SAM: BOO-YAH. He sprinkled it throughout his sportscasts for YEARS — kinda like a really cool exclamation point. But it was more than just boo-yah. On ESPN, Stuart spoke the language of young people. Of hip-hop.
Do you see what I did there? I used incomplete sentences. I said “kinda.” I used a simile with the words “really cool.”
Sam also points out that he later calls Stuart Scott “really good” at what he did “instead of something print newsy like ‘a phenomenally gifted newsman’ or ‘a revolutionary voice that defied convention blah blah blah.'”
In order to reach this point of confidence, Sam had to overcome something familiar to almost everyone in public radio: “try[ing] to sound like other people we’ve heard on the radio, or the person who is training us.” Not to mention, the Ira Glass factor. “I hear a lot of people trying to talk like Ira Glass on air. For one, his voice really only works for him. For two, just do you, people!”
But just being ourselves, frankly, ain’t simple.
Many women are the target these days of accusations of “vocal fry.” To some listeners, this sound is fingernails on a chalkboard. For others, it’s just how young people talk in the 21st century. This video is a great introduction:
You can hear NPR White House correspondent Tamara Keith, 35, in that video. She started reporting while still a teenager. “I worked hard to sound more grown up,” she wrote in this blog post. She bought power suits and wore glasses. “My insecurity meant not much of my personality made it into my pieces.”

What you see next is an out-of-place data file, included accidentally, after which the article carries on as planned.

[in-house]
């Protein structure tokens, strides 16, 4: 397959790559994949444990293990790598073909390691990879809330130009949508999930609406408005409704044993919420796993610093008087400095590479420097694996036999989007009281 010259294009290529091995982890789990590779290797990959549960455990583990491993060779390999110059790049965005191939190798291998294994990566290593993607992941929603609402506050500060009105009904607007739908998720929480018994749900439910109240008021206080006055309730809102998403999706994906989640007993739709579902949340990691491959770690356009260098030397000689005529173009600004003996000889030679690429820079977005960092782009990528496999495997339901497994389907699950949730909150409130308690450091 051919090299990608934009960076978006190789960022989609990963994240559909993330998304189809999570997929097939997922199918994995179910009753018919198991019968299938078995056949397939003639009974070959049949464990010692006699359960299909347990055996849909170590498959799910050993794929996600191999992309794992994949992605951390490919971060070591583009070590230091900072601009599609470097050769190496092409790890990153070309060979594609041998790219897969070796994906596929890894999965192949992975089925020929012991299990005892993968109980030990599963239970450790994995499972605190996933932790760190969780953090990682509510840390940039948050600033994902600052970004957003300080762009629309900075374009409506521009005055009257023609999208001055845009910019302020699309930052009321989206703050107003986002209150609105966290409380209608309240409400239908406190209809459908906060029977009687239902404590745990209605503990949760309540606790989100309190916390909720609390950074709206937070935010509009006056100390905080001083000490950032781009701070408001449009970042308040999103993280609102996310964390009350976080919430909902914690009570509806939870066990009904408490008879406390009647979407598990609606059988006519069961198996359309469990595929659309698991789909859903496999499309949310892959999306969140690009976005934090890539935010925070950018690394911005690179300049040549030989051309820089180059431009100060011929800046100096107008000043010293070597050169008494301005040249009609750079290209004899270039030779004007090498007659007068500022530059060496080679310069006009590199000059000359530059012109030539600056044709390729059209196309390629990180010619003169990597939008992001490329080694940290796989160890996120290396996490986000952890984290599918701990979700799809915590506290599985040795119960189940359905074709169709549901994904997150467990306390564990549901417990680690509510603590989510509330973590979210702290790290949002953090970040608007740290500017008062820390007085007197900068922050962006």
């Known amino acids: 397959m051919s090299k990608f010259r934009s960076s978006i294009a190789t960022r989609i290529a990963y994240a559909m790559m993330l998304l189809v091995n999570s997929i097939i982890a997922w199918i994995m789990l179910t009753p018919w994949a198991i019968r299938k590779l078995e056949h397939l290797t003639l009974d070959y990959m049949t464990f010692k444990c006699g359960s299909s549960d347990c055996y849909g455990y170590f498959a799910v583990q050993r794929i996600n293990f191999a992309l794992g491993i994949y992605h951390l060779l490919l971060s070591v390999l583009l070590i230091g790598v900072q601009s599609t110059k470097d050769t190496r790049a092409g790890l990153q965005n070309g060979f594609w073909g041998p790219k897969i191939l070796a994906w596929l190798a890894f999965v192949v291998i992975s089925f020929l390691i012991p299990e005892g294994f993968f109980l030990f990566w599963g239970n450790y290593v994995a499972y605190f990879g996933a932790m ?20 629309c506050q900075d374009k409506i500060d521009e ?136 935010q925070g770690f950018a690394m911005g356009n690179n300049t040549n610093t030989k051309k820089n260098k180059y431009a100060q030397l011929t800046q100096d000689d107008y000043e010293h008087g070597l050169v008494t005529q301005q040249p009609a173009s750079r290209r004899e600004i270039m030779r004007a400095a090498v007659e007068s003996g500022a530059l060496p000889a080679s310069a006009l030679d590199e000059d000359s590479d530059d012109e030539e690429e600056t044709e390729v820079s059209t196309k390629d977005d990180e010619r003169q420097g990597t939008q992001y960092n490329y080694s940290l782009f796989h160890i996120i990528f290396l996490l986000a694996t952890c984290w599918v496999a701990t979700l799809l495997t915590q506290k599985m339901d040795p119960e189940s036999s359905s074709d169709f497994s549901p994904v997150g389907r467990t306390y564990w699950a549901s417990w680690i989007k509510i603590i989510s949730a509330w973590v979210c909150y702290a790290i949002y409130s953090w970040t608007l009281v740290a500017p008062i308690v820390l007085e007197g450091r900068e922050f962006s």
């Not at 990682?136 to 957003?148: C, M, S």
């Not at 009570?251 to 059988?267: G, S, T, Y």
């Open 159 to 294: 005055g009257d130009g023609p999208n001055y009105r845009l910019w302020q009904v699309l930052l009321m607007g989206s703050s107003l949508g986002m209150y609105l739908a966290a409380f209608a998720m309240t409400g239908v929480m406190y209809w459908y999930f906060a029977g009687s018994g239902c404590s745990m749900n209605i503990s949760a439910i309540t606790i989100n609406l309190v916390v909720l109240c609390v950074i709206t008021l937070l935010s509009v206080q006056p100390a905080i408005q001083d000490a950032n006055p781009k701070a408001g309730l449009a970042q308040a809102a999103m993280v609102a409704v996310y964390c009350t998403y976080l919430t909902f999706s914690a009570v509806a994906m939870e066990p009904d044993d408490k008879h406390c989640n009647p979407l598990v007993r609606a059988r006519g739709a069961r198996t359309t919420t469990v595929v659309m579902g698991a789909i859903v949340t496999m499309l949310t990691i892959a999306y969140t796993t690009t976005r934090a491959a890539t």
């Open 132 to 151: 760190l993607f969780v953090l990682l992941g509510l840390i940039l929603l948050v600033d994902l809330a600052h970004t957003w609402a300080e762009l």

I spent probably 10 years trying desperately not to sound like what I was, which was a young woman from California, with an occasional Southern twang; I blame on my mother who grew up in Texas and speaks full-on Texan when on the phone with my grandmother. I went through more voice training sessions than I care to remember with high priced professional coaches (paid for by well-meaning employers). I don’t know if any of it really helped. For years I felt like I knew how to get amazing tape. I could write a script I was proud of, and then I destroyed it when I voiced the story. I thought everything I did sounded terrible. It was so frustrating.
And then at some point I realized I had been making a terrible mistake. My stories didn’t sound right because they didn’t match up to the voice I heard in my head when I was writing them. The thing that was missing from my reporting was: me.
So, basically I’ve spent the last 10 years of my career trying to undo what I did in the first ten years. People used to tell me, “I heard you on the radio and I didn’t even realize it was you,” and I took it as a compliment. Now I take it as an insult, a well-intentioned insult.
I feel confident saying that Tamara now sounds like herself on the radio. You can listen here. But her headline on this blog post gives you a sense of the never-ending challenge: “How I Found My #PubRadioVoice (Spoiler alert: I’m still working on it).”
Alison MacAdam is senior editorial specialist at NPR’s Training Unit. She is a former senior editor of All Things Considered and was a 2013-14 Nieman Fellow.